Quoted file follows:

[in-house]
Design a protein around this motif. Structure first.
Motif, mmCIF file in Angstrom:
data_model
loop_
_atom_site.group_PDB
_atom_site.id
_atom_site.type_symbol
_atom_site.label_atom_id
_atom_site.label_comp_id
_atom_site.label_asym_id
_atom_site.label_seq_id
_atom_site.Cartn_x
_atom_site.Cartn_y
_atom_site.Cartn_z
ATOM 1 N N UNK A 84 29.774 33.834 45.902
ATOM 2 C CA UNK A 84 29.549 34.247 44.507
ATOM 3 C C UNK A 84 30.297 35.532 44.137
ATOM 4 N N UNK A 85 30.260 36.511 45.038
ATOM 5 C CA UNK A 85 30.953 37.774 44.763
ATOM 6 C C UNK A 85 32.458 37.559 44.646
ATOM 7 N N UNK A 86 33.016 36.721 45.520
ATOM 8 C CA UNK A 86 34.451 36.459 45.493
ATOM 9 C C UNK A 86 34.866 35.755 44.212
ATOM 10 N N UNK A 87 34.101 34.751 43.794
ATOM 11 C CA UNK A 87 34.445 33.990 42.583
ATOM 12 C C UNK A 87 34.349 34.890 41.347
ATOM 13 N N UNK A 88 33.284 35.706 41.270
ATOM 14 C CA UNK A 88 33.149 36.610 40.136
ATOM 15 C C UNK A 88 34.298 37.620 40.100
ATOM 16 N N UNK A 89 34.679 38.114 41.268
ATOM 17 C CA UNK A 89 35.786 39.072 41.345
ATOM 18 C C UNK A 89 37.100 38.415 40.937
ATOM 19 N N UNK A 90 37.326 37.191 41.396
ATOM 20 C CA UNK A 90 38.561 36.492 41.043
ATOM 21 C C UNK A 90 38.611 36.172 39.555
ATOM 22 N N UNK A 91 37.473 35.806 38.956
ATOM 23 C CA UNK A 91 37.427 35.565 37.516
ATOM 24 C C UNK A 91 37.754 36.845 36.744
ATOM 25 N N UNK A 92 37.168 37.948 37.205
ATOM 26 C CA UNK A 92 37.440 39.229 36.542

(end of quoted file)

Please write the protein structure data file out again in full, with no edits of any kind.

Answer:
[in-house]
Design a protein around this motif. Structure first.
Motif, mmCIF file in Angstrom:
data_model
loop_
_atom_site.group_PDB
_atom_site.id
_atom_site.type_symbol
_atom_site.label_atom_id
_atom_site.label_comp_id
_atom_site.label_asym_id
_atom_site.label_seq_id
_atom_site.Cartn_x
_atom_site.Cartn_y
_atom_site.Cartn_z
ATOM 1 N N UNK A 84 29.774 33.834 45.902
ATOM 2 C CA UNK A 84 29.549 34.247 44.507
ATOM 3 C C UNK A 84 30.297 35.532 44.137
ATOM 4 N N UNK A 85 30.260 36.511 45.038
ATOM 5 C CA UNK A 85 30.953 37.774 44.763
ATOM 6 C C UNK A 85 32.458 37.559 44.646
ATOM 7 N N UNK A 86 33.016 36.721 45.520
ATOM 8 C CA UNK A 86 34.451 36.459 45.493
ATOM 9 C C UNK A 86 34.866 35.755 44.212
ATOM 10 N N UNK A 87 34.101 34.751 43.794
ATOM 11 C CA UNK A 87 34.445 33.990 42.583
ATOM 12 C C UNK A 87 34.349 34.890 41.347
ATOM 13 N N UNK A 88 33.284 35.706 41.270
ATOM 14 C CA UNK A 88 33.149 36.610 40.136
ATOM 15 C C UNK A 88 34.298 37.620 40.100
ATOM 16 N N UNK A 89 34.679 38.114 41.268
ATOM 17 C CA UNK A 89 35.786 39.072 41.345
ATOM 18 C C UNK A 89 37.100 38.415 40.937
ATOM 19 N N UNK A 90 37.326 37.191 41.396
ATOM 20 C CA UNK A 90 38.561 36.492 41.043
ATOM 21 C C UNK A 90 38.611 36.172 39.555
ATOM 22 N N UNK A 91 37.473 35.806 38.956
ATOM 23 C CA UNK A 91 37.427 35.565 37.516
ATOM 24 C C UNK A 91 37.754 36.845 36.744
ATOM 25 N N UNK A 92 37.168 37.948 37.205
ATOM 26 C CA UNK A 92 37.440 39.229 36.542